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JoeMeek VC6Q

JoeMeek VC6Q

Paul White goes green with the latest Joemeek recording channel.

Over the past few years, we've seen companies such as TLA, Drawmer, Focusrite and most of the big US names come up with affordable recording channels that perform exceptionally well. Joemeek have also produced a number of audio processors that combine signal processing with a mic/line preamp, often incorporating their hallmark 'vintage' opto‑compressor circuit. Their latest take on the one‑box solution is the VC6Q British Channel, a 1U processor that combines a mic/line/instrument preamp with optical compression and a three‑band Meequaliser EQ. For digital recording applications, an output limiter would have been useful, but I guess you have to call a halt somewhere when building to a price! As with all Joemeek designs, the VCQ6 has a wide audio bandwidth and good overload margin.

The transformerless preamp takes balanced mic or line signals via the rear‑panel XLR and jack connectors or instruments via an unbalanced, high‑impedance jack on the front panel. Plugging into the instrument jack disables the mic input. A rotary pot sets the preamp gain and a red Peak LED warns of overload. Push switches are fitted to bring in a 20dB pad, phantom power and phase reverse, as well as to select between mic and line operation. All four switches have status LEDs, and an insert point is available between the preamp stage and the compressor that follows it. The insert point is a conventional TRS jack handling both the send and return signals, so it operates unbalanced.

Anyone who has used a Joemeek compressor before will find no surprises in the next section. The familiar opto‑compressor has controls for Compression, Slope (ratio), Attack and Release, as well as a bypass switch. A six‑LED meter monitors the gain reduction up to a maximum of 12dB. For those who aren't familiar with opto‑compressors, the main feature is the use of a lamp/photocell combination to provide gain control, rather than the more usual FET (Field Effect Transistor) or VCA (Voltage Controlled Amplifier). The non‑linear control law of the photocell gives the compressor a distinctive soft‑knee characteristic that happens to be musically flattering, especially on vocals; opto‑compressors are used as much to produce an effect as to control levels.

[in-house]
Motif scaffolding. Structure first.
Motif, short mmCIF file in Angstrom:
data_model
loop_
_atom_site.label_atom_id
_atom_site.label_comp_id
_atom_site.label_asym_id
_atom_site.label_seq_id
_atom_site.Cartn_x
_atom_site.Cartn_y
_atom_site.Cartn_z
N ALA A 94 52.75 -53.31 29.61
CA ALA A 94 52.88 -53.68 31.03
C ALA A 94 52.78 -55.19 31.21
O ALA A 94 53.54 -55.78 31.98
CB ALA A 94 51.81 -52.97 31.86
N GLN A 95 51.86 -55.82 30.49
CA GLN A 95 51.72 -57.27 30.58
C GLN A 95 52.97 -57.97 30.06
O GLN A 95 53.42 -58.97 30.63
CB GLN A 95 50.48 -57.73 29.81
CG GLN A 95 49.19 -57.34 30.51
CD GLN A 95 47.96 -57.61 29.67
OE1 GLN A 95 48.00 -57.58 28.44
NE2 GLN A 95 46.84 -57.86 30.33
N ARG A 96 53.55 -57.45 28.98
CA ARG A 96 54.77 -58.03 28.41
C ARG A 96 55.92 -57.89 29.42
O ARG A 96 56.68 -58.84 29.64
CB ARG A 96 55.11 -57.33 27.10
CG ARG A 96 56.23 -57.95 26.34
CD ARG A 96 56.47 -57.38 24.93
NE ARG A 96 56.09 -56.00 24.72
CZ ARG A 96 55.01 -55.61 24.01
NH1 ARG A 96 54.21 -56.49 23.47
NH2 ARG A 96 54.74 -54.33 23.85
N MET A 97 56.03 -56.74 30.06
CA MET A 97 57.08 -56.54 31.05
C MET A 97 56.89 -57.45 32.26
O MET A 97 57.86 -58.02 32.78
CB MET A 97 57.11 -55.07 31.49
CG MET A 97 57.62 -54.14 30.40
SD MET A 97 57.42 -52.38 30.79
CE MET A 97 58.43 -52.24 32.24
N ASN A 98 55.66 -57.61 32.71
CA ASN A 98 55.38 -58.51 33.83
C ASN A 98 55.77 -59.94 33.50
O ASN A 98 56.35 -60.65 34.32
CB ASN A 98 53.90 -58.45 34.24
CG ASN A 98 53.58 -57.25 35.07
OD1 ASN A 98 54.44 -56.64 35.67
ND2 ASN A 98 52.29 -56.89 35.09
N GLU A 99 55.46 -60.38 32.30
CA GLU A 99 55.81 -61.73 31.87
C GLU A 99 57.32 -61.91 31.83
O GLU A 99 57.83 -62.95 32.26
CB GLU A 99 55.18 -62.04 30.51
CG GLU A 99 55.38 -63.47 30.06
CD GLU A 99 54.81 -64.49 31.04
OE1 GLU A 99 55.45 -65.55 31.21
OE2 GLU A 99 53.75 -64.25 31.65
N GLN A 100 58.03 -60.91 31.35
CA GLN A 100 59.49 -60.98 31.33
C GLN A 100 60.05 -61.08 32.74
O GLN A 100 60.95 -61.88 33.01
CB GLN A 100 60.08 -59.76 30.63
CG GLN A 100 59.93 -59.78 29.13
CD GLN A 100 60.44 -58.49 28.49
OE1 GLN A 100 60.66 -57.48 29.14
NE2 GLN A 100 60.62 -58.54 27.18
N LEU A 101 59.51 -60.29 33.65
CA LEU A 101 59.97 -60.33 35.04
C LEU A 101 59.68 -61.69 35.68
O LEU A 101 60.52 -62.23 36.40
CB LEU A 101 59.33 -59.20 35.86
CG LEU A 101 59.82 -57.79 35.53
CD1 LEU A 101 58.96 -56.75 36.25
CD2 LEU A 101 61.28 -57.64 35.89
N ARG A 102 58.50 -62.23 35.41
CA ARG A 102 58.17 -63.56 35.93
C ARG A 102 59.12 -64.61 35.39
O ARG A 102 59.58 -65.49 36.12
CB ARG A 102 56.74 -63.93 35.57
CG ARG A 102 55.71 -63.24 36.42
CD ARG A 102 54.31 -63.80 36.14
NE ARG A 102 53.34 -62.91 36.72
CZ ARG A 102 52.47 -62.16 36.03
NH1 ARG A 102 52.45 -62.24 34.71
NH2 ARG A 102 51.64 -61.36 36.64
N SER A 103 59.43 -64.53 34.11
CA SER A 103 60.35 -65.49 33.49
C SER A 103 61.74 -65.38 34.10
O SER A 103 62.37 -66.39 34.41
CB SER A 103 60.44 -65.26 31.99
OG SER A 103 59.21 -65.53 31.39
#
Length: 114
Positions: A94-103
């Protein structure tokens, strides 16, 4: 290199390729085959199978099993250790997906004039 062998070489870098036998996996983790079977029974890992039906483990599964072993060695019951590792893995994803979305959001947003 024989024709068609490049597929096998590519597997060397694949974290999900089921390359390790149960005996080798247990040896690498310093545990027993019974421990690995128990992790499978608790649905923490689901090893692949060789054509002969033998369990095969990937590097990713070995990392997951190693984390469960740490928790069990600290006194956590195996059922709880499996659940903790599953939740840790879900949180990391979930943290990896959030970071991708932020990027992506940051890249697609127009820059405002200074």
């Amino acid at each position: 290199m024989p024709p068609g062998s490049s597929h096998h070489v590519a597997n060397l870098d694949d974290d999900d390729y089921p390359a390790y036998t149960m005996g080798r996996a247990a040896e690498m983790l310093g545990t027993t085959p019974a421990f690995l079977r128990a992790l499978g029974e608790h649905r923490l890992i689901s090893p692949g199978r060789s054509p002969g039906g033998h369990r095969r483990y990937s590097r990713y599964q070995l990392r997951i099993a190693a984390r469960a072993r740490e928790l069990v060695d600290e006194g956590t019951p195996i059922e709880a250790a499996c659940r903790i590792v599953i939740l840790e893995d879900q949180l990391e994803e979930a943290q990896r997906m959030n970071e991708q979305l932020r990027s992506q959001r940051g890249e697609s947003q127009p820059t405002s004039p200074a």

Stage three is a three‑band equaliser with a sweep mid control. The sweep range is 800Hz to 3.6kHz, but few details are provided other than that the cut/boost range of each section is +/‑ 16dB. As with the original Meequaliser, the high EQ is on the left and the low on the right, which is slightly unconventional. An EQ bypass switch is fitted, and the EQ is followed by a nine‑stage LED level meter. Directly following this is the output gain control, which feeds a pair of balanced jack outputs. These carry the same signal (they're wired in parallel), making it easy to rig up monitoring when you need to hear what you're overdubbing without the latency delay of the computer.

As I've already reviewed the original products on which the VCQ6 is based, I knew pretty much what to expect from the unit in terms of sound, and I wasn't far off the mark. The preamp section is quiet and transparent with plenty of headroom, the compressor flatters and thickens without dulling, and the EQ has a clear, musical character that enables sounds to be shaped without destroying the original character or making them sound phasey. Three bands of EQ may not seem like much, but for fine tuning vocals or acoustic instruments, it's fine. Not only is it easy to set up, but it sounds 'right' — something you only fully appreciate when you compare it with cheap desk EQs that don't!

The VCQ6 is also a joy to use on acoustic instruments such as acoustic guitar, while the high‑impedance instrument input makes DI'ing clean electric guitar and bass guitar fast and easy. The opto‑compressor seems to flatter everything it processes — it's not what you'd call it a transparent compressor — but it's hard to get it to sound unpleasant. As an all‑round input channel for getting signals onto tape or into a computer‑based recording system, the VC6Q is hard to fault for the price.


  • Attractively priced.
  • Straightforward to use.
  • Very musical sounding.


  • An output limiter would have been welcome for use with digital recorders.


A simple but great‑sounding mic/line/instrument channel at an affordable price.